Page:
The hostility of Iran’s revolutionary leaders towards Israel has nothing to do with the US, as it could be traced to years before the revolution.
Notably, Ayatollah Khomeini in a speech leading to the 1963 uprising against the US-backed Iranian regime criticized Shah Mohammad Reza Pahlavi for pressuring clergies not to speak against Israel in their sermons.
“[They order us] not to talk about Israel and not to talk about Shah. What’s the connection between them? Is Shah an Israeli?” Imam Khomeini said.
Since the Shah regime was toppled, Iran has been steadfast in its support for the Palestinian cause.
According to Iran’s Constitution, Iranian governments are obliged to support the oppressed across the globe.
Iran Threatens Regional Security
Of note, Reuters has also distorted Larijani’s remarks, reporting as if Iran has threatened to move to destabilize the region.
Reuters quotes Larijani as saying that “the region’s security will be threatened if they corner Tehran”, referring to the US, Israel and Saudi Arabia.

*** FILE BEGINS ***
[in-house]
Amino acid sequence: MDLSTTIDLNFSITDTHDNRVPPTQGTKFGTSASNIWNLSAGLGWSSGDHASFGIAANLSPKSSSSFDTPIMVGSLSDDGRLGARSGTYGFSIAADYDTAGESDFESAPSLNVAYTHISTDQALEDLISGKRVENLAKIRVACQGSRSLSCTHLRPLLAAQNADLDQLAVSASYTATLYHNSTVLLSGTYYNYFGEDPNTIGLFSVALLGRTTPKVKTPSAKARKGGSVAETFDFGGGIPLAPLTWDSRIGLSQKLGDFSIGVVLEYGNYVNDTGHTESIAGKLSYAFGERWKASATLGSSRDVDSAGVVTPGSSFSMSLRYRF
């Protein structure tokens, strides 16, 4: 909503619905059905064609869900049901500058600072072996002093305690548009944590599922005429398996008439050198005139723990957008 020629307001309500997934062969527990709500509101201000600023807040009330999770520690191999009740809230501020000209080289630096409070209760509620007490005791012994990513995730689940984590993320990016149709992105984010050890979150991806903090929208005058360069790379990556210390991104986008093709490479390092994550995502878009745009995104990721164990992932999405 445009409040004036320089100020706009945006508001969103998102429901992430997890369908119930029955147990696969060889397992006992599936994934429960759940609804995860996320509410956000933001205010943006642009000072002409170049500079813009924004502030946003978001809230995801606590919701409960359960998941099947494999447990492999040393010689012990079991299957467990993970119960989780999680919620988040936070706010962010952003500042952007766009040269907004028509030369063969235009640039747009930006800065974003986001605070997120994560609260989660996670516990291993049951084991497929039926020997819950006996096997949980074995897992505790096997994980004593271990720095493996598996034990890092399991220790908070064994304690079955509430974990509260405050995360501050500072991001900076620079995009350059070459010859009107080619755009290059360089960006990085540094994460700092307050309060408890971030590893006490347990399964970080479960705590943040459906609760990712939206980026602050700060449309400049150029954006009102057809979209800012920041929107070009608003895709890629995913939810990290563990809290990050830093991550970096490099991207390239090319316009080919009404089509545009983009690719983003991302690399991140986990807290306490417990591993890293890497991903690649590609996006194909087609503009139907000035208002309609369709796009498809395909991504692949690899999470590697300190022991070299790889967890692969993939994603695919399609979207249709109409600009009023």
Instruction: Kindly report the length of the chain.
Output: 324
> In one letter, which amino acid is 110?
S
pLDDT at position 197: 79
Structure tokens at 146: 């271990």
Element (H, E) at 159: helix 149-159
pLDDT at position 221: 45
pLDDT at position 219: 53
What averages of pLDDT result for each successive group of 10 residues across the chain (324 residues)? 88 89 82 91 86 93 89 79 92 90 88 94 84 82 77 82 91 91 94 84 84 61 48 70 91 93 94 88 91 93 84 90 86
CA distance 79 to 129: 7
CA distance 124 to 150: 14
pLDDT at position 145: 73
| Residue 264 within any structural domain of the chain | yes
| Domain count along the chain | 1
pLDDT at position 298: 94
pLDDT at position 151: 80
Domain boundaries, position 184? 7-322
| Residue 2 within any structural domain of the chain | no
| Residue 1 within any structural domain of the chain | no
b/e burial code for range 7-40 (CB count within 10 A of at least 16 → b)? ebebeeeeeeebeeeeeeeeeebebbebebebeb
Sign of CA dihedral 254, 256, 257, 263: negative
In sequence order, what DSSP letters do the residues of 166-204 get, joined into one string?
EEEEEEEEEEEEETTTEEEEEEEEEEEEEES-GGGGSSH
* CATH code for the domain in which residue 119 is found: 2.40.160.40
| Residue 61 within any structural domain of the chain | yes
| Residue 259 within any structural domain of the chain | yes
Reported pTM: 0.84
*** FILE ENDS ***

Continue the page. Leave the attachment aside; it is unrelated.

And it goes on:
This is while the Persian transcript of Larijani’s speech shows the Reuters’ translation has been inaccurate.
“… the wicked triad of the US, Saudi and Israeli are trying to push Iran into a corner, but these amateur and sneaky creatures should be careful not to end up bringing themselves insecurity,” he said.
The Associated Press has provided a broader coverage of the event, reporting al-Quds rallies in Syria, Iraq, Iran, Lebanon, Pakistan and Palestine.
However, the reports are mainly focused on the role of anti-Israel resistance groups, which are mainly labeled by the western governments as terrorist.